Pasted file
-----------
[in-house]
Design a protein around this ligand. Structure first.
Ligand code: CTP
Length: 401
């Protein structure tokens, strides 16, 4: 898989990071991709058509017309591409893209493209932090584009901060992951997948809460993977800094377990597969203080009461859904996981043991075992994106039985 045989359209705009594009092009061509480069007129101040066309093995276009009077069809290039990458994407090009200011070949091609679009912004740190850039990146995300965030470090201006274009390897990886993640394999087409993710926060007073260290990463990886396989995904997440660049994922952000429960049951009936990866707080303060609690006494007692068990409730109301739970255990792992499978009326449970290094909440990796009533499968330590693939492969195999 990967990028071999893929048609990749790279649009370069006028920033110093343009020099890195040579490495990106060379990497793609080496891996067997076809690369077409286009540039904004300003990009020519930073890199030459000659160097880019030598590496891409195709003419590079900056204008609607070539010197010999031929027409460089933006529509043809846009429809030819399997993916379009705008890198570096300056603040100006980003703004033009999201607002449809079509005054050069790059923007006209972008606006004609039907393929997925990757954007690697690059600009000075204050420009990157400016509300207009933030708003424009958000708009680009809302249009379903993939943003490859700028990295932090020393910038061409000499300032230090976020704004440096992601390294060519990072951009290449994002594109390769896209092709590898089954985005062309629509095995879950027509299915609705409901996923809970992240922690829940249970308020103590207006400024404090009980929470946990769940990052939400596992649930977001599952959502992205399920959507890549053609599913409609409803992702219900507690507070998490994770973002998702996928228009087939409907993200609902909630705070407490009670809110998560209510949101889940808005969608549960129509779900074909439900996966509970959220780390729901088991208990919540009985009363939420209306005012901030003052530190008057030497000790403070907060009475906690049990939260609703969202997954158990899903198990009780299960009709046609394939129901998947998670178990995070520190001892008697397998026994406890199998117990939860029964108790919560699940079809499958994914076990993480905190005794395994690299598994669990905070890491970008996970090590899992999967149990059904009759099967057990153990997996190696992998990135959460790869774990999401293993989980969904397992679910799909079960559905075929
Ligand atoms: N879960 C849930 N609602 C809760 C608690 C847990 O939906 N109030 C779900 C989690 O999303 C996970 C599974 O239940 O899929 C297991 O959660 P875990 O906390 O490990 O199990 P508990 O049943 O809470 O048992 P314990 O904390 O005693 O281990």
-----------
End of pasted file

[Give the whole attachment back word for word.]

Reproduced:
[in-house]
Design a protein around this ligand. Structure first.
Ligand code: CTP
Length: 401
């Protein structure tokens, strides 16, 4: 898989990071991709058509017309591409893209493209932090584009901060992951997948809460993977800094377990597969203080009461859904996981043991075992994106039985 045989359209705009594009092009061509480069007129101040066309093995276009009077069809290039990458994407090009200011070949091609679009912004740190850039990146995300965030470090201006274009390897990886993640394999087409993710926060007073260290990463990886396989995904997440660049994922952000429960049951009936990866707080303060609690006494007692068990409730109301739970255990792992499978009326449970290094909440990796009533499968330590693939492969195999 990967990028071999893929048609990749790279649009370069006028920033110093343009020099890195040579490495990106060379990497793609080496891996067997076809690369077409286009540039904004300003990009020519930073890199030459000659160097880019030598590496891409195709003419590079900056204008609607070539010197010999031929027409460089933006529509043809846009429809030819399997993916379009705008890198570096300056603040100006980003703004033009999201607002449809079509005054050069790059923007006209972008606006004609039907393929997925990757954007690697690059600009000075204050420009990157400016509300207009933030708003424009958000708009680009809302249009379903993939943003490859700028990295932090020393910038061409000499300032230090976020704004440096992601390294060519990072951009290449994002594109390769896209092709590898089954985005062309629509095995879950027509299915609705409901996923809970992240922690829940249970308020103590207006400024404090009980929470946990769940990052939400596992649930977001599952959502992205399920959507890549053609599913409609409803992702219900507690507070998490994770973002998702996928228009087939409907993200609902909630705070407490009670809110998560209510949101889940808005969608549960129509779900074909439900996966509970959220780390729901088991208990919540009985009363939420209306005012901030003052530190008057030497000790403070907060009475906690049990939260609703969202997954158990899903198990009780299960009709046609394939129901998947998670178990995070520190001892008697397998026994406890199998117990939860029964108790919560699940079809499958994914076990993480905190005794395994690299598994669990905070890491970008996970090590899992999967149990059904009759099967057990153990997996190696992998990135959460790869774990999401293993989980969904397992679910799909079960559905075929
Ligand atoms: N879960 C849930 N609602 C809760 C608690 C847990 O939906 N109030 C779900 C989690 O999303 C996970 C599974 O239940 O899929 C297991 O959660 P875990 O906390 O490990 O199990 P508990 O049943 O809470 O048992 P314990 O904390 O005693 O281990």